Homosexuality: Health Effects
“Do you approach males among the worlds. And leave what your Lord has created for you as mates? But you are a people transgressing.” They said, “If you do not desist, O Lot, you will surely be of those evicted.” He said, “Indeed, I am, toward your deed, of those who detest [it].”
—Quran, Sura 26 (Ash-Shu’ara), 165-168
“He who has intercourse with his wife through her anus is accursed”
—Narrated by Abu Hurairah, Book of Marriage, Sunan Abu Dawood 2157
We will deal with homosexuality in several briefs, the focus here is health. While being against homosexuality is often seen as bigotry in our series of briefs on homosexuality we will deal with issues pertaining to homosexuality that come from various angles including it’s effects on the individual and society: health, ethics, family, religion and society from an objection lens not based in bigotry but based in what is good for the individual and humanity.
God and the final messenger of God (peace to him) has warned us against the act of anal intercourse, men with men and men with women, it may be asked “why?” some modern day health research shows us some of the dangerous effects of this act. The following are a few medical points about the danger of Anal Intercourse, a sexual act often practiced by homosexual men, the full article is linked below.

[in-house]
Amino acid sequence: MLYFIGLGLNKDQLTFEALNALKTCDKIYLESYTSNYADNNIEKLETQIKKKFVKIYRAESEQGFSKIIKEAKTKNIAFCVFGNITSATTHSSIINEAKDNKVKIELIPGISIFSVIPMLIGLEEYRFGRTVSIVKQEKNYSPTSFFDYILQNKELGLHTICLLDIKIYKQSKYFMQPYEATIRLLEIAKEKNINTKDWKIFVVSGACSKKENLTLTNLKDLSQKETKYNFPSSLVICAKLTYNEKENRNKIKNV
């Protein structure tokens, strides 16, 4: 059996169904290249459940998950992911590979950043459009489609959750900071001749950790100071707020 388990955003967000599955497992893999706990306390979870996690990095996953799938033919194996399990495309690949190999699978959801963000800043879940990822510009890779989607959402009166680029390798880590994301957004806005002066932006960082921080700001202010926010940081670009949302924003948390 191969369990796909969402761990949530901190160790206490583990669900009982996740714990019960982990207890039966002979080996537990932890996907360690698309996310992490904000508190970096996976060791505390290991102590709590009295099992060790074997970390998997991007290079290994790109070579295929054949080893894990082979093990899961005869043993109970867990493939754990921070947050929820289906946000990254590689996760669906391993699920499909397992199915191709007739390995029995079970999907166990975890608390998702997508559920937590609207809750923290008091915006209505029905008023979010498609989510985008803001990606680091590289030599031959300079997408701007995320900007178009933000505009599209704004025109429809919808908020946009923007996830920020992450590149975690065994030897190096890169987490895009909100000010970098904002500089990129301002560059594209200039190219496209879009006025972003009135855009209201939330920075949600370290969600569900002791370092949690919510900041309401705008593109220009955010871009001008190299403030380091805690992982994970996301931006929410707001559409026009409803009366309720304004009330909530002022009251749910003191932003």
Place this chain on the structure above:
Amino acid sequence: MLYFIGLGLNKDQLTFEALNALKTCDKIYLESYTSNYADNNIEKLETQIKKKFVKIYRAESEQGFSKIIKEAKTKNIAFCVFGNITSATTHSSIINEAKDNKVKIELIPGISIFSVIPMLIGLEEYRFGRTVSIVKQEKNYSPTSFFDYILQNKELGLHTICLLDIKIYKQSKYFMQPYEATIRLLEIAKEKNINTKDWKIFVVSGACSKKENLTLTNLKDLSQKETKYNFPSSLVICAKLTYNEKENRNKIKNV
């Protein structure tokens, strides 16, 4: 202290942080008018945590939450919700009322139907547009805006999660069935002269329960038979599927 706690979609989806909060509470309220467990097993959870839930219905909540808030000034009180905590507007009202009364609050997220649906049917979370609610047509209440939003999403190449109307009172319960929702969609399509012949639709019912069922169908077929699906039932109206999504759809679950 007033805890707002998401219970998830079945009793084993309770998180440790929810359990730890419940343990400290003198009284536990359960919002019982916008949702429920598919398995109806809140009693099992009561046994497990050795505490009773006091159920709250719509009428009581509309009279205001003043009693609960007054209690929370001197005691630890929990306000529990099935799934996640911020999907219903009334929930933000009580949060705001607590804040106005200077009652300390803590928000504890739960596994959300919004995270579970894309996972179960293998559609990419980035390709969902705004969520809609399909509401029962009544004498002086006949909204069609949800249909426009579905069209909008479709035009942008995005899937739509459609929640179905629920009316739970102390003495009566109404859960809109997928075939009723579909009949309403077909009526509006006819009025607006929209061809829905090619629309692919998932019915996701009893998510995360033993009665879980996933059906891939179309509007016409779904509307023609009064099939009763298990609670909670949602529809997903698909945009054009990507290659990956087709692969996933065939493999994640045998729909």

The anus lacks the natural lubrication the vagina has. Penetration can tear the tissue inside the anus, allowing bacteria and viruses to enter the bloodstream. This can result in the spread of sexually transmitted infections including HIV. Studies have suggested that anal exposure to HIV poses 30 times more risk for the receptive partner than vaginal exposure. Exposure to the human papillomavirus (HPV) may also lead to the development of anal warts and anal cancer. Using lubricants can help some, but doesn’t completely prevent tearing.
The tissue inside the anus is not as well protected as the skin outside the anus. Our external tissue has layers of dead cells that serve as a protective barrier against infection. The tissue inside the anus does not have this natural protection, which leaves it vulnerable to tearing and the spread of infection.
The anus was designed to hold in feces. The anus is surrounded with a ring-like muscle, called the anal sphincter, which tightens after we defecate. When the muscle is tight, anal penetration can be painful and difficult. Repetitive anal sex may lead to weakening of the anal sphincter, making it difficult to hold in feces until you can get to the toilet…
The anus is full of bacteria. Even if both partners do not have a sexually-transmitted infection or disease, bacteria normally in the anus can potentially infect the giving partner. Practicing vaginal sex after anal sex can also lead to vaginal and urinary tract infections.
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Information Source: goo.gl/2wJYi6